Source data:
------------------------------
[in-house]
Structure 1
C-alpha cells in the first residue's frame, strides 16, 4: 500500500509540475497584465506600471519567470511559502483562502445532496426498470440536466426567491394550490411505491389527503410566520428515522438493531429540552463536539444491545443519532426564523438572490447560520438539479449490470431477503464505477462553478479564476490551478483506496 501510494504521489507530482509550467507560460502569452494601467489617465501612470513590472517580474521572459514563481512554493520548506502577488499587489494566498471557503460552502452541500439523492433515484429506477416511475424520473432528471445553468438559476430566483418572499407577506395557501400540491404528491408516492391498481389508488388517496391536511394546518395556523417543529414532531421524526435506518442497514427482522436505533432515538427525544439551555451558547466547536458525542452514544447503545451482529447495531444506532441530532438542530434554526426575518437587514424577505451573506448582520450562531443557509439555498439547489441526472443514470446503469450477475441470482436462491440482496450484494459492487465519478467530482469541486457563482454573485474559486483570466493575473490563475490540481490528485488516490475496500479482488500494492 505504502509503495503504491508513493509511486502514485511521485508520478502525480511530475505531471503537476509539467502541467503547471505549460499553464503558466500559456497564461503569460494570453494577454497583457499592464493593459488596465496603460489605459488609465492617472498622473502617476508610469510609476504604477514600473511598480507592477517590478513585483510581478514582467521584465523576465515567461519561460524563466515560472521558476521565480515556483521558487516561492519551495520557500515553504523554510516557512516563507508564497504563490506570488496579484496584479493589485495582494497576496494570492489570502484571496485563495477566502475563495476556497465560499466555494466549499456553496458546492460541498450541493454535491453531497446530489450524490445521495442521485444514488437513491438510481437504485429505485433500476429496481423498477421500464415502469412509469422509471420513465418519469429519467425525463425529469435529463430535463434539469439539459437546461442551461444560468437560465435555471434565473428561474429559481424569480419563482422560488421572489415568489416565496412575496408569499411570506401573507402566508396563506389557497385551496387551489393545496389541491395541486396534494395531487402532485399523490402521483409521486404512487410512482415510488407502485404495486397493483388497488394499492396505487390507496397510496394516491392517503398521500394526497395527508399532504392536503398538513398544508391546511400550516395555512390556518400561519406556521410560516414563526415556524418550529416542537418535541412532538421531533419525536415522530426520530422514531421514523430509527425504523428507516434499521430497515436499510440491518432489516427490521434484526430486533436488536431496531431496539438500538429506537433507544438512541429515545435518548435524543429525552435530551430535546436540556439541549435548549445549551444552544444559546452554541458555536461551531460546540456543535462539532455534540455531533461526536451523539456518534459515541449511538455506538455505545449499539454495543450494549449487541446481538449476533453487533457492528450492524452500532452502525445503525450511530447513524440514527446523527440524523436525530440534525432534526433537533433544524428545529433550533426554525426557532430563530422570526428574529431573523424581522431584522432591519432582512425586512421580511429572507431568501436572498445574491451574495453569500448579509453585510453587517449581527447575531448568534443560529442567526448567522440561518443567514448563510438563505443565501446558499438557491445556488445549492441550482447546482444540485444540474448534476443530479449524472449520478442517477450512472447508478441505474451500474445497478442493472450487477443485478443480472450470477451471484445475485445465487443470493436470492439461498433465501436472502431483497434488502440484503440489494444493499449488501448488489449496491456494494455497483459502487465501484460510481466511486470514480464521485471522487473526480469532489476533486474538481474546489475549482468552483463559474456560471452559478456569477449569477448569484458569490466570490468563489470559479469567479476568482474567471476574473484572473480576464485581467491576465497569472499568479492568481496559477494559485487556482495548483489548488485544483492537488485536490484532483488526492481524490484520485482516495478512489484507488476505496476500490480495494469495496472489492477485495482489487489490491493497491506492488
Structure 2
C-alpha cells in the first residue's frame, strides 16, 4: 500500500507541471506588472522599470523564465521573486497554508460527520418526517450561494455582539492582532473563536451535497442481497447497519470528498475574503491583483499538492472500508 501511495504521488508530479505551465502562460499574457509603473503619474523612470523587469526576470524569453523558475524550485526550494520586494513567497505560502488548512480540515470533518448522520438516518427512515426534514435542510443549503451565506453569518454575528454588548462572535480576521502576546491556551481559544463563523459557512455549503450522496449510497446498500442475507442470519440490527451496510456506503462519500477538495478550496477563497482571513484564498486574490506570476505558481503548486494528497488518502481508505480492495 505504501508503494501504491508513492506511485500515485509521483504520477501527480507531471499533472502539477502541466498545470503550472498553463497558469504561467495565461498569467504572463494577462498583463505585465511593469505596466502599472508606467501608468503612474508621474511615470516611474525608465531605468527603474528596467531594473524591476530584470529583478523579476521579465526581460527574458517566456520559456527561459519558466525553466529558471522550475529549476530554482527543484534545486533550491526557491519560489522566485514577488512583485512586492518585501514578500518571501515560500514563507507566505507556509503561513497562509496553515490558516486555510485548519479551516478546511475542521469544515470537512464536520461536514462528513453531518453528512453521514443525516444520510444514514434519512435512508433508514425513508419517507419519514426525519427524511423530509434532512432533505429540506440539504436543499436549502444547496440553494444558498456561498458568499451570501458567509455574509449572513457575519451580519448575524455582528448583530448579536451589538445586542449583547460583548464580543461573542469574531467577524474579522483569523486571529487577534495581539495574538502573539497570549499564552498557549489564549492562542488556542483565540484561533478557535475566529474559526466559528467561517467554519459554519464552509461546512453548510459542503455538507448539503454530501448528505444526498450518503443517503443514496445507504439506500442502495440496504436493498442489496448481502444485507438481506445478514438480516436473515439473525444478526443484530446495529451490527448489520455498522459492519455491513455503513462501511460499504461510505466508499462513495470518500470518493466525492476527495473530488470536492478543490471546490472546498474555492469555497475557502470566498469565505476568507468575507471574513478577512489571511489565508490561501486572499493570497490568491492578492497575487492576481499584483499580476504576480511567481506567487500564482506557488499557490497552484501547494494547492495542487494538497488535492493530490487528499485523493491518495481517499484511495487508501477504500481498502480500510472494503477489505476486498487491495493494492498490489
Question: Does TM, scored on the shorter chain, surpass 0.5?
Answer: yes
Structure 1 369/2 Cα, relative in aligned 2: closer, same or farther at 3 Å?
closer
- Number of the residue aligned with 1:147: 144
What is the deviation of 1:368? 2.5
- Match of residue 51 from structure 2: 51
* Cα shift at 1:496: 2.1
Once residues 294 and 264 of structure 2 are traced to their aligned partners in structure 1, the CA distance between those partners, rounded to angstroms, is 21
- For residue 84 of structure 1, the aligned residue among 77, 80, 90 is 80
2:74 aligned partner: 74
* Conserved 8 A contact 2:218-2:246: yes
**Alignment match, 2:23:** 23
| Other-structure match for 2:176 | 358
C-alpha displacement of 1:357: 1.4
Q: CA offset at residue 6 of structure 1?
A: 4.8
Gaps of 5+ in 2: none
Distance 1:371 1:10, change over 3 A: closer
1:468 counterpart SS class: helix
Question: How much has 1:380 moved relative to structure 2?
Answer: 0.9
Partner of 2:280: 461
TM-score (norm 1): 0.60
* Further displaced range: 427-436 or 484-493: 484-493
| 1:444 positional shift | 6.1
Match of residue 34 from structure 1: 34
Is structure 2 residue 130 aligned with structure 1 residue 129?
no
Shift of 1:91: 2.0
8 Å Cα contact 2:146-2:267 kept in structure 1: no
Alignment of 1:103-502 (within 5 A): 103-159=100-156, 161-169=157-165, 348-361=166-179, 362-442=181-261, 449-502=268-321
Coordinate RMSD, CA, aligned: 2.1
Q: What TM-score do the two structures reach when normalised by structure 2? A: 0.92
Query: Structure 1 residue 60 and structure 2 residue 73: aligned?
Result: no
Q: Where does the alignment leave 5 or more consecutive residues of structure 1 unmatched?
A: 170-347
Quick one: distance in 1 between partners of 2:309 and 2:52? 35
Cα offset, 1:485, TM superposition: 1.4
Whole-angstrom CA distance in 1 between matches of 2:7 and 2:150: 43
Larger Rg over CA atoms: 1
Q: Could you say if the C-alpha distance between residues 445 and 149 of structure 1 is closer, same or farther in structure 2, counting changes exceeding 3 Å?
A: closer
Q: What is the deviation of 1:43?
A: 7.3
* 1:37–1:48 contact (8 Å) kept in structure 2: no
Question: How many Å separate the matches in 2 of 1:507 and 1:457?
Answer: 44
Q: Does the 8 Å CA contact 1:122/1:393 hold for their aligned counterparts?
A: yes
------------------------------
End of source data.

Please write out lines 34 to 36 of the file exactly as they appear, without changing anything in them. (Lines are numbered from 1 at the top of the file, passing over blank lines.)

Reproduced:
no
Shift of 1:91: 2.0
8 Å Cα contact 2:146-2:267 kept in structure 1: no